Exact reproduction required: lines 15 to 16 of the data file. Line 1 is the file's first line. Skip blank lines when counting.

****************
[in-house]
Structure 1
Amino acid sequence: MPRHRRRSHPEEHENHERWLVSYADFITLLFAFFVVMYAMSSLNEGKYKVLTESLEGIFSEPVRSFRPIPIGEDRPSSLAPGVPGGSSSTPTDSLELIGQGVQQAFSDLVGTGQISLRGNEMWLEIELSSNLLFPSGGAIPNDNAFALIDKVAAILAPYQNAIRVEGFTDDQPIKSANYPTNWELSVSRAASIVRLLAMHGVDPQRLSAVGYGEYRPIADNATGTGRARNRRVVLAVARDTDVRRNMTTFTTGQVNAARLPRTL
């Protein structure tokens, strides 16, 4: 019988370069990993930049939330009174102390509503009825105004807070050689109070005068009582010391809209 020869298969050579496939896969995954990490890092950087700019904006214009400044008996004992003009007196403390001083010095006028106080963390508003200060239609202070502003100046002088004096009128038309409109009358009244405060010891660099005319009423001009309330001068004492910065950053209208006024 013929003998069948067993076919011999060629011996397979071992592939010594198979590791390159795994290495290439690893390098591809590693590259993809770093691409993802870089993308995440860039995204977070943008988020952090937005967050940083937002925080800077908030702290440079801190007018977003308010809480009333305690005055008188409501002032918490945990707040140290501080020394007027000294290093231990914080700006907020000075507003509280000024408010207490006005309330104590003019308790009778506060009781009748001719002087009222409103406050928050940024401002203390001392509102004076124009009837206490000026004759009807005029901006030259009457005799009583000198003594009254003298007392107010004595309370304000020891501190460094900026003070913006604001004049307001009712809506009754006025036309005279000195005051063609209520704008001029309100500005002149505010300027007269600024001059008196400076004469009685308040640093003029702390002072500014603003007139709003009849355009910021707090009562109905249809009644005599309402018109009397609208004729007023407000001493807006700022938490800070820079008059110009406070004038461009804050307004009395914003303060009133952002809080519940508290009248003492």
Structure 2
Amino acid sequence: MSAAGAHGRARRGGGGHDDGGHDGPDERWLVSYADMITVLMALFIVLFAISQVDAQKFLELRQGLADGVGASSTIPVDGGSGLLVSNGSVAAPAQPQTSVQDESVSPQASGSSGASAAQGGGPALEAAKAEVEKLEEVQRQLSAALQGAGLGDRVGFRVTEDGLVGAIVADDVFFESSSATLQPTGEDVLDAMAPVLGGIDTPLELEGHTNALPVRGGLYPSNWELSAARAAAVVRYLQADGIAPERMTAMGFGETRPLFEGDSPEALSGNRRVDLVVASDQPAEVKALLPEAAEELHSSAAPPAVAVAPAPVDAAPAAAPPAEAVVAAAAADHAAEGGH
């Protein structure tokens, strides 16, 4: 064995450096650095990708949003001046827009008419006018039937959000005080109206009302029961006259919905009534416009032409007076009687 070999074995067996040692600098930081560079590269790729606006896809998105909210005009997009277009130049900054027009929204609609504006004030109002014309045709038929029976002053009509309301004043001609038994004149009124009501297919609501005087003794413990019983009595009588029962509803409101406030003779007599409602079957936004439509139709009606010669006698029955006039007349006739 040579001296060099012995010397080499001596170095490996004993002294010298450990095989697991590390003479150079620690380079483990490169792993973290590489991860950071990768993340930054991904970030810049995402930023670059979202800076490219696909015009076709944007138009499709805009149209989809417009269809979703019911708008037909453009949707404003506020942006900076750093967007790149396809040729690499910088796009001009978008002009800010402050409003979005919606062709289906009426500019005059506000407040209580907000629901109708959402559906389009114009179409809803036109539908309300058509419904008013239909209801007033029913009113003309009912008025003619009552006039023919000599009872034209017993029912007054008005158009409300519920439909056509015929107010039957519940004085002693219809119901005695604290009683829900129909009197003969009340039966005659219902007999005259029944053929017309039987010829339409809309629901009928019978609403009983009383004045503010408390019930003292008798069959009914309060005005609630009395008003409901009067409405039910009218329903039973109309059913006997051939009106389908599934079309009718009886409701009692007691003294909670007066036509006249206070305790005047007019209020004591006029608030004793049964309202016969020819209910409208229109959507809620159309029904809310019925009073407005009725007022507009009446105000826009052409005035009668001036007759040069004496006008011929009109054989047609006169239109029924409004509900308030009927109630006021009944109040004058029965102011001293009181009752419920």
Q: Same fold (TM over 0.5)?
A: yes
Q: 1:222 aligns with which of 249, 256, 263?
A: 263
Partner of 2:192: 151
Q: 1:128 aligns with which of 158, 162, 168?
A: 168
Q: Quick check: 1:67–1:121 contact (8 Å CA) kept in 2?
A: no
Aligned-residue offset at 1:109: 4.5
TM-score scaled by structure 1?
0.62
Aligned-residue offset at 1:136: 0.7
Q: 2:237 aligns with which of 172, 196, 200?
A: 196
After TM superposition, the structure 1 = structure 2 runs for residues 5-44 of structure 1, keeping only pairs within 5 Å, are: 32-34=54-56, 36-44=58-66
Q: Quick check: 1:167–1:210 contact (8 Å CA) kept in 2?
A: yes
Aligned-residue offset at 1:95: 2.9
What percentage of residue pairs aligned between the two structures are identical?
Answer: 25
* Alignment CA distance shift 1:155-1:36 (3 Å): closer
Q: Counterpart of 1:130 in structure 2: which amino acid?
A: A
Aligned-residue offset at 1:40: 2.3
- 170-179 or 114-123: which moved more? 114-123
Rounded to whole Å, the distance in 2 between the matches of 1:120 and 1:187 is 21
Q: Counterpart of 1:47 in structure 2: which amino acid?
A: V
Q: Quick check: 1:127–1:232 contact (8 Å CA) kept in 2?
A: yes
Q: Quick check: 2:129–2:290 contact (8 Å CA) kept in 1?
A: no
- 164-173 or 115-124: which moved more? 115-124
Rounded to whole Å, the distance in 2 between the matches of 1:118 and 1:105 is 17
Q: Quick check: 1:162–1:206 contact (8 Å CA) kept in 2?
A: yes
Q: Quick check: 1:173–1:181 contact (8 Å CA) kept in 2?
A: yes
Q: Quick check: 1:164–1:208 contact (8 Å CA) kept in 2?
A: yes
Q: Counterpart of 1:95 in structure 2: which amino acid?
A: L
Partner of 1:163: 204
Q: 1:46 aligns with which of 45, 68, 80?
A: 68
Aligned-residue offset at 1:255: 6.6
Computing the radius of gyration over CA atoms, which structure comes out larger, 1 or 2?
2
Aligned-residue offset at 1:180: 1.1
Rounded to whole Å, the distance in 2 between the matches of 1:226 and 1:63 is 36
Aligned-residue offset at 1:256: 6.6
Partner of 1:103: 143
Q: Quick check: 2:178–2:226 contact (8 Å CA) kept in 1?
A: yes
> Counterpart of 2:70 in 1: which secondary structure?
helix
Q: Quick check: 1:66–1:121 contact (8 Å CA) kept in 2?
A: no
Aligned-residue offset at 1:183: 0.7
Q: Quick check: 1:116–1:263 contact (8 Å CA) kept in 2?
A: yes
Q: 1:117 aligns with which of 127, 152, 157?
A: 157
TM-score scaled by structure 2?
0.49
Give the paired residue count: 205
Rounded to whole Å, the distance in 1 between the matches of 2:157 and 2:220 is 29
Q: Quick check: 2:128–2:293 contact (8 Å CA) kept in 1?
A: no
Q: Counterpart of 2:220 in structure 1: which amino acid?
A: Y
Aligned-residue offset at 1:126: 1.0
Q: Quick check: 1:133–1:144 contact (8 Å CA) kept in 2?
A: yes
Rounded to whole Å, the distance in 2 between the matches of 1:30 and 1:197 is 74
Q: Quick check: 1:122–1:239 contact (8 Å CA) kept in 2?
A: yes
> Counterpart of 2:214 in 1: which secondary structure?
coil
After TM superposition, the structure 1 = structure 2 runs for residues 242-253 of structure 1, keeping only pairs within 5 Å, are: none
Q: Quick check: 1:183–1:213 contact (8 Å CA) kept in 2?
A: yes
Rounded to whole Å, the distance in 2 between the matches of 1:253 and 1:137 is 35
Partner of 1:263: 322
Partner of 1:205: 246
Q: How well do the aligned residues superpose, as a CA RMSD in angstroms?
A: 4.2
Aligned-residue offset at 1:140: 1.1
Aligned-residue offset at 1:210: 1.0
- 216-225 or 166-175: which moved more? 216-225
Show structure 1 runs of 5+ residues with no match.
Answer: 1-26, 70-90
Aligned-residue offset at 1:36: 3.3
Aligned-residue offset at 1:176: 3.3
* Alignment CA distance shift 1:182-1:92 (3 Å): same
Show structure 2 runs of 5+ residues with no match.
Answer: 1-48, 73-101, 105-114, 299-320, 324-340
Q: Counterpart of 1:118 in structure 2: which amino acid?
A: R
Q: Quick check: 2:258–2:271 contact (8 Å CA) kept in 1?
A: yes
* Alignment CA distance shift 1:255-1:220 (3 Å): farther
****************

Q: Quick check: 1:67–1:121 contact (8 Å CA) kept in 2?
A: no